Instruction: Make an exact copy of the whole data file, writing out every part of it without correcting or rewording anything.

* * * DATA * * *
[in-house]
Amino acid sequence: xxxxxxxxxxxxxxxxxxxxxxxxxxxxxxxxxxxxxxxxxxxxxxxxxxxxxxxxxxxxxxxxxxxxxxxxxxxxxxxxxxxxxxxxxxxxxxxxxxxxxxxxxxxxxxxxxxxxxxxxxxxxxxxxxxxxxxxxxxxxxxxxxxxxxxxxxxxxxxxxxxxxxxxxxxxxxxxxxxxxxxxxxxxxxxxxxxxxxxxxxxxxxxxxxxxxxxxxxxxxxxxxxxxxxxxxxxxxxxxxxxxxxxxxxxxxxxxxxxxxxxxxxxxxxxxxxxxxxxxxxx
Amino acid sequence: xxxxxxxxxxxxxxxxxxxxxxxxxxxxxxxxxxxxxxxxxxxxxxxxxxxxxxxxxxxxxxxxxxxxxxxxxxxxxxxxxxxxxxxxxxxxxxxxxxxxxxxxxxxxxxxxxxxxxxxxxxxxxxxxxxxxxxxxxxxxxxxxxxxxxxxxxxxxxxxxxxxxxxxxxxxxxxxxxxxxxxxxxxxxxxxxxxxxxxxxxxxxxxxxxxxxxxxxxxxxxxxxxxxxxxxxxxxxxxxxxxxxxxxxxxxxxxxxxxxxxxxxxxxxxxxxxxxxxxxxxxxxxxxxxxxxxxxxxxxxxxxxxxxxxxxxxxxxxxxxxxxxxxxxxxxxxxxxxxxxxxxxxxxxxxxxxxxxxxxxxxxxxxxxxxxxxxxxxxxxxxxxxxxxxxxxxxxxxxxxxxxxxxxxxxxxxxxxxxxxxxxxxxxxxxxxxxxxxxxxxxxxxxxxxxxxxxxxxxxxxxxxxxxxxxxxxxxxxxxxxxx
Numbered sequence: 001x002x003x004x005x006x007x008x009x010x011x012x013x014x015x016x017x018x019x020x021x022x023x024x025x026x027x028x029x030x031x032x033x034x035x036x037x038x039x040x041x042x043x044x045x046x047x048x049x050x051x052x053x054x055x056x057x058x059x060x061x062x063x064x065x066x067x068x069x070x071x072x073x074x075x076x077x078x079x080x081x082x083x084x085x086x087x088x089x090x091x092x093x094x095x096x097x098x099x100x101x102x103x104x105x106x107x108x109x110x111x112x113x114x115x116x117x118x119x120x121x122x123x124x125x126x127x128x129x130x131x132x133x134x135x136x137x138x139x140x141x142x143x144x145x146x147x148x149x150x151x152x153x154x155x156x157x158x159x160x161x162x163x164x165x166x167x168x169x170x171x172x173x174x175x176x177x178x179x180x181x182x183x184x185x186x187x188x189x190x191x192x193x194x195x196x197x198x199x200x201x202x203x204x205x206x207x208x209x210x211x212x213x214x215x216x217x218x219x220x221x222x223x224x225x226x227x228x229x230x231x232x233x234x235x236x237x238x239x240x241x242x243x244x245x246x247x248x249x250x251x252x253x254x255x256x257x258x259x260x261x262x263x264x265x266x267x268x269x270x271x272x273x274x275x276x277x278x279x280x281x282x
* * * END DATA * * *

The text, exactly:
[in-house]
Amino acid sequence: xxxxxxxxxxxxxxxxxxxxxxxxxxxxxxxxxxxxxxxxxxxxxxxxxxxxxxxxxxxxxxxxxxxxxxxxxxxxxxxxxxxxxxxxxxxxxxxxxxxxxxxxxxxxxxxxxxxxxxxxxxxxxxxxxxxxxxxxxxxxxxxxxxxxxxxxxxxxxxxxxxxxxxxxxxxxxxxxxxxxxxxxxxxxxxxxxxxxxxxxxxxxxxxxxxxxxxxxxxxxxxxxxxxxxxxxxxxxxxxxxxxxxxxxxxxxxxxxxxxxxxxxxxxxxxxxxxxxxxxxxx
Amino acid sequence: xxxxxxxxxxxxxxxxxxxxxxxxxxxxxxxxxxxxxxxxxxxxxxxxxxxxxxxxxxxxxxxxxxxxxxxxxxxxxxxxxxxxxxxxxxxxxxxxxxxxxxxxxxxxxxxxxxxxxxxxxxxxxxxxxxxxxxxxxxxxxxxxxxxxxxxxxxxxxxxxxxxxxxxxxxxxxxxxxxxxxxxxxxxxxxxxxxxxxxxxxxxxxxxxxxxxxxxxxxxxxxxxxxxxxxxxxxxxxxxxxxxxxxxxxxxxxxxxxxxxxxxxxxxxxxxxxxxxxxxxxxxxxxxxxxxxxxxxxxxxxxxxxxxxxxxxxxxxxxxxxxxxxxxxxxxxxxxxxxxxxxxxxxxxxxxxxxxxxxxxxxxxxxxxxxxxxxxxxxxxxxxxxxxxxxxxxxxxxxxxxxxxxxxxxxxxxxxxxxxxxxxxxxxxxxxxxxxxxxxxxxxxxxxxxxxxxxxxxxxxxxxxxxxxxxxxxxxxxxxxxxx
Numbered sequence: 001x002x003x004x005x006x007x008x009x010x011x012x013x014x015x016x017x018x019x020x021x022x023x024x025x026x027x028x029x030x031x032x033x034x035x036x037x038x039x040x041x042x043x044x045x046x047x048x049x050x051x052x053x054x055x056x057x058x059x060x061x062x063x064x065x066x067x068x069x070x071x072x073x074x075x076x077x078x079x080x081x082x083x084x085x086x087x088x089x090x091x092x093x094x095x096x097x098x099x100x101x102x103x104x105x106x107x108x109x110x111x112x113x114x115x116x117x118x119x120x121x122x123x124x125x126x127x128x129x130x131x132x133x134x135x136x137x138x139x140x141x142x143x144x145x146x147x148x149x150x151x152x153x154x155x156x157x158x159x160x161x162x163x164x165x166x167x168x169x170x171x172x173x174x175x176x177x178x179x180x181x182x183x184x185x186x187x188x189x190x191x192x193x194x195x196x197x198x199x200x201x202x203x204x205x206x207x208x209x210x211x212x213x214x215x216x217x218x219x220x221x222x223x224x225x226x227x228x229x230x231x232x233x234x235x236x237x238x239x240x241x242x243x244x245x246x247x248x249x250x251x252x253x254x255x256x257x258x259x260x261x262x263x264x265x266x267x268x269x270x271x272x273x274x275x276x277x278x279x280x281x282x